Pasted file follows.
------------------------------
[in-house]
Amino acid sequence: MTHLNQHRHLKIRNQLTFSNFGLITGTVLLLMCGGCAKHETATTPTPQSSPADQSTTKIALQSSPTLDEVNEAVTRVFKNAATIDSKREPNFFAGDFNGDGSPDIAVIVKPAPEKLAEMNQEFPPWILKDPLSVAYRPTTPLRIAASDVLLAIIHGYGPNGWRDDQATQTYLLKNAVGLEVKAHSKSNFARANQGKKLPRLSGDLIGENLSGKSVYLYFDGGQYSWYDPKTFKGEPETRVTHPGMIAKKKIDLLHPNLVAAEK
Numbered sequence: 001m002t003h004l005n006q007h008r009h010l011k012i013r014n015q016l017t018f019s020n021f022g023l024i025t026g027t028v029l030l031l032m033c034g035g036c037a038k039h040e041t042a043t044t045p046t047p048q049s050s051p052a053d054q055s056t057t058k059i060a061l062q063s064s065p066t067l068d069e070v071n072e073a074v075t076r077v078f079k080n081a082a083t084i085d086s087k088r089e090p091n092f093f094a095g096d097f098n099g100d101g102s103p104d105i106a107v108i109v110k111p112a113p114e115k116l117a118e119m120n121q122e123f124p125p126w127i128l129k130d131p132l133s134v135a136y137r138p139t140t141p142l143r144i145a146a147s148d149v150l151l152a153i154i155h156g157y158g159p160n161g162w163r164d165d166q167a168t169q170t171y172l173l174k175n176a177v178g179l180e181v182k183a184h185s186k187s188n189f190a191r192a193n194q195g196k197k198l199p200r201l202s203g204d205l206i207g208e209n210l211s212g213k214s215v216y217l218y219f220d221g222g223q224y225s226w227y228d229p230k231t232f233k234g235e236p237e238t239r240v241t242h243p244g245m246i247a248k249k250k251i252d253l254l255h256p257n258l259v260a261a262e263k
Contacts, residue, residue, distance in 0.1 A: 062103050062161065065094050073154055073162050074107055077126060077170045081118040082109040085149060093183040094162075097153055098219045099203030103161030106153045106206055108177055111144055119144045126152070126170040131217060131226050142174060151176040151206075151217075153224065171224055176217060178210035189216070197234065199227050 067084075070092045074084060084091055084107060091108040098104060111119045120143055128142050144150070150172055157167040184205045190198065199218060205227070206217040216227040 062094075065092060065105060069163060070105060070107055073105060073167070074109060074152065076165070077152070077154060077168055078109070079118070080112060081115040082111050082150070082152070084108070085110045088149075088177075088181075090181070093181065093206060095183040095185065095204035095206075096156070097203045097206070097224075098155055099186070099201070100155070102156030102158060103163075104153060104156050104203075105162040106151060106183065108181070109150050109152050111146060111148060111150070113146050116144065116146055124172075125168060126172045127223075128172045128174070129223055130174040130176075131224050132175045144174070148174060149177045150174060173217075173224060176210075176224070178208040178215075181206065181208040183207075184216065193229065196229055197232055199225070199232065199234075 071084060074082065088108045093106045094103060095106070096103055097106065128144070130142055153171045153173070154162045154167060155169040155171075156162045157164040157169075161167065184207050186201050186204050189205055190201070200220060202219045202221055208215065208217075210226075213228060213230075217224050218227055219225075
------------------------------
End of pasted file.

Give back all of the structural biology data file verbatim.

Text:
[in-house]
Amino acid sequence: MTHLNQHRHLKIRNQLTFSNFGLITGTVLLLMCGGCAKHETATTPTPQSSPADQSTTKIALQSSPTLDEVNEAVTRVFKNAATIDSKREPNFFAGDFNGDGSPDIAVIVKPAPEKLAEMNQEFPPWILKDPLSVAYRPTTPLRIAASDVLLAIIHGYGPNGWRDDQATQTYLLKNAVGLEVKAHSKSNFARANQGKKLPRLSGDLIGENLSGKSVYLYFDGGQYSWYDPKTFKGEPETRVTHPGMIAKKKIDLLHPNLVAAEK
Numbered sequence: 001m002t003h004l005n006q007h008r009h010l011k012i013r014n015q016l017t018f019s020n021f022g023l024i025t026g027t028v029l030l031l032m033c034g035g036c037a038k039h040e041t042a043t044t045p046t047p048q049s050s051p052a053d054q055s056t057t058k059i060a061l062q063s064s065p066t067l068d069e070v071n072e073a074v075t076r077v078f079k080n081a082a083t084i085d086s087k088r089e090p091n092f093f094a095g096d097f098n099g100d101g102s103p104d105i106a107v108i109v110k111p112a113p114e115k116l117a118e119m120n121q122e123f124p125p126w127i128l129k130d131p132l133s134v135a136y137r138p139t140t141p142l143r144i145a146a147s148d149v150l151l152a153i154i155h156g157y158g159p160n161g162w163r164d165d166q167a168t169q170t171y172l173l174k175n176a177v178g179l180e181v182k183a184h185s186k187s188n189f190a191r192a193n194q195g196k197k198l199p200r201l202s203g204d205l206i207g208e209n210l211s212g213k214s215v216y217l218y219f220d221g222g223q224y225s226w227y228d229p230k231t232f233k234g235e236p237e238t239r240v241t242h243p244g245m246i247a248k249k250k251i252d253l254l255h256p257n258l259v260a261a262e263k
Contacts, residue, residue, distance in 0.1 A: 062103050062161065065094050073154055073162050074107055077126060077170045081118040082109040085149060093183040094162075097153055098219045099203030103161030106153045106206055108177055111144055119144045126152070126170040131217060131226050142174060151176040151206075151217075153224065171224055176217060178210035189216070197234065199227050 067084075070092045074084060084091055084107060091108040098104060111119045120143055128142050144150070150172055157167040184205045190198065199218060205227070206217040216227040 062094075065092060065105060069163060070105060070107055073105060073167070074109060074152065076165070077152070077154060077168055078109070079118070080112060081115040082111050082150070082152070084108070085110045088149075088177075088181075090181070093181065093206060095183040095185065095204035095206075096156070097203045097206070097224075098155055099186070099201070100155070102156030102158060103163075104153060104156050104203075105162040106151060106183065108181070109150050109152050111146060111148060111150070113146050116144065116146055124172075125168060126172045127223075128172045128174070129223055130174040130176075131224050132175045144174070148174060149177045150174060173217075173224060176210075176224070178208040178215075181206065181208040183207075184216065193229065196229055197232055199225070199232065199234075 071084060074082065088108045093106045094103060095106070096103055097106065128144070130142055153171045153173070154162045154167060155169040155171075156162045157164040157169075161167065184207050186201050186204050189205055190201070200220060202219045202221055208215065208217075210226075213228060213230075217224050218227055219225075